Almost a century of meeting pharmacy needs

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By Ron Benningfield

By watching customers at Smith Drugs greet the pharmacist by his first name and inquire as to how he’s doing, an observer quickly understands why Steve Doom decided to continue like his father before him in a small town pharmacy.

“My customers know me as a person and trust me as a friend to take care of their medicinal needs,” said Doom, owner of the drugstore that has been in the same Hodgenville location since 1917 and in the same family since 1985.

Doom’s father, Kenny, like Steve a graduate of the University Of Kentucky School Of Pharmacy, began working at the store as a pharmacist in 1972.

“L.L. “Mose” Hamilton owned it at the time,” Kenny recalled. “He bought it from Sid Smith around 1959.”

According to a history of LaRue County, Dr. E.S. Smith established the store in his name in conjunction with his medical practice about 1917. Following a 1914 fire that destroyed much of downtown Hodgenville, the business was re-established about 1917 in its present-day location at 104 North Lincoln Boulevard. Dr. Smith’s son, Sidney, owned and operated it until Hamilton purchased the business.

“When I came to work here, I replaced Tom Brown who was retiring as pharmacist,” said Kenny. After buying the business in 1985, he continued as owner and pharmacist until his retirement on December 31, 2007.

“Of my three sons, Steve took it on himself to take over the pharmacy,” he shared. “Now, I spend my time on the farm, feeding horses and keeping the fence rows mowed.”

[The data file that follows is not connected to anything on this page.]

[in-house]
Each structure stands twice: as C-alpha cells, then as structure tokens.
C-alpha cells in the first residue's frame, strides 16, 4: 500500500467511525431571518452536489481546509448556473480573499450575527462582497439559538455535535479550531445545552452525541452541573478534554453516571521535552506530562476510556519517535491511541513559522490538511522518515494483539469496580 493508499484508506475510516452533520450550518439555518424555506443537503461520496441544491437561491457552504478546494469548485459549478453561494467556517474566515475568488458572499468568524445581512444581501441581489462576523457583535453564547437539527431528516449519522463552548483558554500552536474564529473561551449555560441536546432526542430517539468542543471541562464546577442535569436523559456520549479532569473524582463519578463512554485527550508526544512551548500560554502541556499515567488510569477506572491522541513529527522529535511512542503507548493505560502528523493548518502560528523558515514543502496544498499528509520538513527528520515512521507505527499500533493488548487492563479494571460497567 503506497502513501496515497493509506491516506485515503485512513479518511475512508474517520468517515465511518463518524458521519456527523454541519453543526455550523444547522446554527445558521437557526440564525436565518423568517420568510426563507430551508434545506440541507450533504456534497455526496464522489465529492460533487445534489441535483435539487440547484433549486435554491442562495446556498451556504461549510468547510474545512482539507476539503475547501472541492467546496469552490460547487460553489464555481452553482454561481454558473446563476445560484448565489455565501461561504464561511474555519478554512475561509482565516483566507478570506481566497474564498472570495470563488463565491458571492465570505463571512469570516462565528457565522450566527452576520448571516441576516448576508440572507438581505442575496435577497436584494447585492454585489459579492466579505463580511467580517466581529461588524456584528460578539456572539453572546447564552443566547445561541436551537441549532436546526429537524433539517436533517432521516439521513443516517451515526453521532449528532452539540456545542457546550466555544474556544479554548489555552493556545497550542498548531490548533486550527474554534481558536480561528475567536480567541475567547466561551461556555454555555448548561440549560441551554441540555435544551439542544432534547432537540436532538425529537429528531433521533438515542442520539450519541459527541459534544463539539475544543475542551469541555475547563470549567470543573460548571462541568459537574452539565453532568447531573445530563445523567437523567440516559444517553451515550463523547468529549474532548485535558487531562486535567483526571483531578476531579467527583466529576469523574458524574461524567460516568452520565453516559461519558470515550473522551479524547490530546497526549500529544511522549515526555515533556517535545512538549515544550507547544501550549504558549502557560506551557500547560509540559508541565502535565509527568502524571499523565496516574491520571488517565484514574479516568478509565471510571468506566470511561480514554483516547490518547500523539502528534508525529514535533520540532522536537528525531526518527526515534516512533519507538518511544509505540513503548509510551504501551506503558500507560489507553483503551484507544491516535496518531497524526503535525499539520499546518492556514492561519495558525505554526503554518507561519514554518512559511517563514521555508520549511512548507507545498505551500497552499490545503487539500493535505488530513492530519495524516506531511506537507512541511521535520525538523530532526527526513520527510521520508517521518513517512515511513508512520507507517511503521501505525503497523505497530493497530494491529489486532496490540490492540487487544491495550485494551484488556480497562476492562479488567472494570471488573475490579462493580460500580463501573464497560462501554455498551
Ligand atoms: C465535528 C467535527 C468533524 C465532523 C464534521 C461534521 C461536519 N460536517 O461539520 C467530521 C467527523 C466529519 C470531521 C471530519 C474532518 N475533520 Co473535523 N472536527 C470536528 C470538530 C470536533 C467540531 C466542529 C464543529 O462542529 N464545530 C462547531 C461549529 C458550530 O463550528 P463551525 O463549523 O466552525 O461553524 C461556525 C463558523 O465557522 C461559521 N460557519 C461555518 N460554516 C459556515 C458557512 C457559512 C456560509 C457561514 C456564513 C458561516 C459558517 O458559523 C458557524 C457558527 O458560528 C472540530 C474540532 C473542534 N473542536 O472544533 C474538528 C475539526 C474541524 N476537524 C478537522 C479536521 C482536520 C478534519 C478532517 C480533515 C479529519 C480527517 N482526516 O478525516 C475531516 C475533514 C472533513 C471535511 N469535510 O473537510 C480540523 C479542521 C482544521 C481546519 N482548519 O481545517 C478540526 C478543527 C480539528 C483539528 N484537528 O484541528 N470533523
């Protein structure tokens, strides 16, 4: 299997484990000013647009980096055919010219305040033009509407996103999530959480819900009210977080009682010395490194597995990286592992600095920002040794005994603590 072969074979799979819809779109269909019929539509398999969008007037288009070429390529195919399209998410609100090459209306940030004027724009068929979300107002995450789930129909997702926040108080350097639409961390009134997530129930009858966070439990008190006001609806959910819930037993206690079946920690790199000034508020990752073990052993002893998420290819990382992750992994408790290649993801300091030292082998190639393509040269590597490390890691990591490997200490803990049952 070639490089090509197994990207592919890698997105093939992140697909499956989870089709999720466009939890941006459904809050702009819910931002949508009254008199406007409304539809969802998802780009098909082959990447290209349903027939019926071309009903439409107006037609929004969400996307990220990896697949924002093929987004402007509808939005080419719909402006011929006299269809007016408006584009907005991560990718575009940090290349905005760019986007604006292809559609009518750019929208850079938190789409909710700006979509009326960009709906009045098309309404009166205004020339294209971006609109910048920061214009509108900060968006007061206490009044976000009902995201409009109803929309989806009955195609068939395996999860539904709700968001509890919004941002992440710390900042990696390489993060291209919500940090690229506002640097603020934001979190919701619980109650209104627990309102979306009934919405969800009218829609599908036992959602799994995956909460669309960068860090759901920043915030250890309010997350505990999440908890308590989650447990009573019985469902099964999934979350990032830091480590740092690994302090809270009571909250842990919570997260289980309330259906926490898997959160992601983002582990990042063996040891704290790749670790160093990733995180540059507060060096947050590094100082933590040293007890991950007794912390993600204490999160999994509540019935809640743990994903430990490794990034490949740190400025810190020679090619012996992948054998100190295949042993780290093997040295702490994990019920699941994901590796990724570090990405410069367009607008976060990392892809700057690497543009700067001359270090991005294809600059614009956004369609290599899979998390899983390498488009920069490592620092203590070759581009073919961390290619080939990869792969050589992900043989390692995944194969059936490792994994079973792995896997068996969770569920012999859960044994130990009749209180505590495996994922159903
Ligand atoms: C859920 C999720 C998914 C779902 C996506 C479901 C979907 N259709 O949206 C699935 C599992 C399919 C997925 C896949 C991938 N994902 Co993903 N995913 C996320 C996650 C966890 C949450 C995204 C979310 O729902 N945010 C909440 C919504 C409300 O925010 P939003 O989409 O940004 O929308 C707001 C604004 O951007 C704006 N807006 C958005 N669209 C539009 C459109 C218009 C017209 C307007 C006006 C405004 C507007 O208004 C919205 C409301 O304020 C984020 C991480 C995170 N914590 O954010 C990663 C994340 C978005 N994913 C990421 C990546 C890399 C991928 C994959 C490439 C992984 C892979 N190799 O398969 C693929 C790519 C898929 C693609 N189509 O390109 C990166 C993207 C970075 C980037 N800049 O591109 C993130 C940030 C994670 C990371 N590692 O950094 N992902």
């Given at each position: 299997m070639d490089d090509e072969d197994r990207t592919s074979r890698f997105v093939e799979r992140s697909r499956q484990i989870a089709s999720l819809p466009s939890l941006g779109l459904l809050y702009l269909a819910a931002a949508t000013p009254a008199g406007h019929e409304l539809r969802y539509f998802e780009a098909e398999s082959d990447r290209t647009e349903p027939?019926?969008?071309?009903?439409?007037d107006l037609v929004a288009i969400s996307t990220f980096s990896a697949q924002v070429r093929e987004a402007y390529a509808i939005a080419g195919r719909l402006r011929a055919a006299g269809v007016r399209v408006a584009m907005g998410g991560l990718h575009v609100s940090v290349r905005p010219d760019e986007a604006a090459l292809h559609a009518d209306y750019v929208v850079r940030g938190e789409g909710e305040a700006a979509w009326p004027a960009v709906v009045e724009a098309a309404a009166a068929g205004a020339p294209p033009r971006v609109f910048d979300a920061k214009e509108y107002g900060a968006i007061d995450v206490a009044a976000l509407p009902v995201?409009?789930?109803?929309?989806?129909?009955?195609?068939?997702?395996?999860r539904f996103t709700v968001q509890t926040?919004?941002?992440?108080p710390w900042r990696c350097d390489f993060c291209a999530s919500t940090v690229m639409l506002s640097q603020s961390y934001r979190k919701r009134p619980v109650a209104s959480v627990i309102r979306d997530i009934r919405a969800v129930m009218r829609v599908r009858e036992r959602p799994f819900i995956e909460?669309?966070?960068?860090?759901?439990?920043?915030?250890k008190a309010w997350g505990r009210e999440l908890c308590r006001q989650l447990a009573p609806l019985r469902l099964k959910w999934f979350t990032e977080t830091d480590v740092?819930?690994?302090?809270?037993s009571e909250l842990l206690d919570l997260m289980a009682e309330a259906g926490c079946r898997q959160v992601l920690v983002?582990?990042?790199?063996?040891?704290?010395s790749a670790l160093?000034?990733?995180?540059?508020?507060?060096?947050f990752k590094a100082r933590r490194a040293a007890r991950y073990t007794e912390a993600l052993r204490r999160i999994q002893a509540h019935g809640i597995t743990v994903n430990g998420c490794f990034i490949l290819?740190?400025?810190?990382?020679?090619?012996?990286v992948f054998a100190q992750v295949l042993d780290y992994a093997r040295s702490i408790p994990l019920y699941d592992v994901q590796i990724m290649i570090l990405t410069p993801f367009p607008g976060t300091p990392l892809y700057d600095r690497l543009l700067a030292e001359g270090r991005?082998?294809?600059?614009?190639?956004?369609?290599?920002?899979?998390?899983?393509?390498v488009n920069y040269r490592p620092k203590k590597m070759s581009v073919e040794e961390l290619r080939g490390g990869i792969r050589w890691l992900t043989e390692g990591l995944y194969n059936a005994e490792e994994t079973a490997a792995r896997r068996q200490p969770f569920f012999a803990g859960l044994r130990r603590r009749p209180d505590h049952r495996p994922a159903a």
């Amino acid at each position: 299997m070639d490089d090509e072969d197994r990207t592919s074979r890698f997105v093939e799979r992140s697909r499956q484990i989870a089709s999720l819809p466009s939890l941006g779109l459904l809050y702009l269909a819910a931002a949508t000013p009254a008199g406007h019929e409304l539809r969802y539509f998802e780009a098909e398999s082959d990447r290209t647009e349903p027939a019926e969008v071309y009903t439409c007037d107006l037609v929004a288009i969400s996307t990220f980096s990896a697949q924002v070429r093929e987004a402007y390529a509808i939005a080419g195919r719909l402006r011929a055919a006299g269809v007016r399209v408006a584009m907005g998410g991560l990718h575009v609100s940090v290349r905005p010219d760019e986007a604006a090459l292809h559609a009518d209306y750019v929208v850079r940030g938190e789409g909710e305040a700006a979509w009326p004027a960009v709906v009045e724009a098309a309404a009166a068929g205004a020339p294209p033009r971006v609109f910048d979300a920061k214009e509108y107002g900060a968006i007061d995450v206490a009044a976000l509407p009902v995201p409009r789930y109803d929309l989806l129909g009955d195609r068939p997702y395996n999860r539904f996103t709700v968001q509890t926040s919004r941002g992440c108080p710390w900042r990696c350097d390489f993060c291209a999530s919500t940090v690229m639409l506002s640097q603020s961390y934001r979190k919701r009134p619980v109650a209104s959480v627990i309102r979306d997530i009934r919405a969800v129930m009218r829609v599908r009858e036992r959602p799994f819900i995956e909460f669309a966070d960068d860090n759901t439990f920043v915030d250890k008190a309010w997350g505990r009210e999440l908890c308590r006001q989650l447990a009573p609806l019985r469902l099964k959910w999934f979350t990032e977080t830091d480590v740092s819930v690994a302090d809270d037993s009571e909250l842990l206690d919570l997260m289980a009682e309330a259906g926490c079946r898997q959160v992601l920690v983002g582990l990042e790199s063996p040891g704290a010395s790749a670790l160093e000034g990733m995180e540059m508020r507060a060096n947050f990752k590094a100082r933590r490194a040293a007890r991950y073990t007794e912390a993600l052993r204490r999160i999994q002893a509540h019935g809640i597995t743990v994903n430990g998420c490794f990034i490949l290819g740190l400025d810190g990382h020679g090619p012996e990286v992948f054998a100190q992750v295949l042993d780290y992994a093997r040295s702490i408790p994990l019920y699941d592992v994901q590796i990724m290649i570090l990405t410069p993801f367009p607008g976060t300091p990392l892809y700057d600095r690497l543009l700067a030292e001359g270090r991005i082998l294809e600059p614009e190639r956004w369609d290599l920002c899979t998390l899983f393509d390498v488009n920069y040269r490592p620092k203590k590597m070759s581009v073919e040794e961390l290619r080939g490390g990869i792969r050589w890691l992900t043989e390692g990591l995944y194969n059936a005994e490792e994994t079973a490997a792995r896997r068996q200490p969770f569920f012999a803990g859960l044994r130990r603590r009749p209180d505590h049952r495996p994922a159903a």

Steve agreed that from his high school freshmen year forward, it was a given that he was going to be a pharmacist.

“Dad never pressured me; it just happened,” he acknowledged.

After graduating from LaRue County High School in 1989, he took pre-pharmacy courses at Elizabethtown Community and Technical College and received a bachelor’s degree and a doctor of pharmacy degree in 1995 from the UK School of Pharmacy.

Though he worked in both small independent and large chain pharmacies in his early career, he said he has never regretted purchasing Smith’s Drugs from his dad on January 1, 2008.

“Some of the larger stores actually have a clock counting the minutes it takes you to refill a prescription,” he shared. “Here, though we stay busy, I go at a less hectic pace and take the time to get to know my customers and they get to know me.”

His employees--Joyce Gardner, a certified pharmacy technician, and technician Annette Buhler help keep the business operating smoothly.

“We’re shooting for 100 percent accuracy, and willing to go over the label instructions to ensure the patients take their medicines correctly and on time,” said Doom. “We accept most health insurance as well as Medicare, and have 24-hour refill call-ins.”

Hours are 9 a.m.-6 p.m. weekdays; 9 a.m.-2 p.m. on Saturdays and closed Sundays.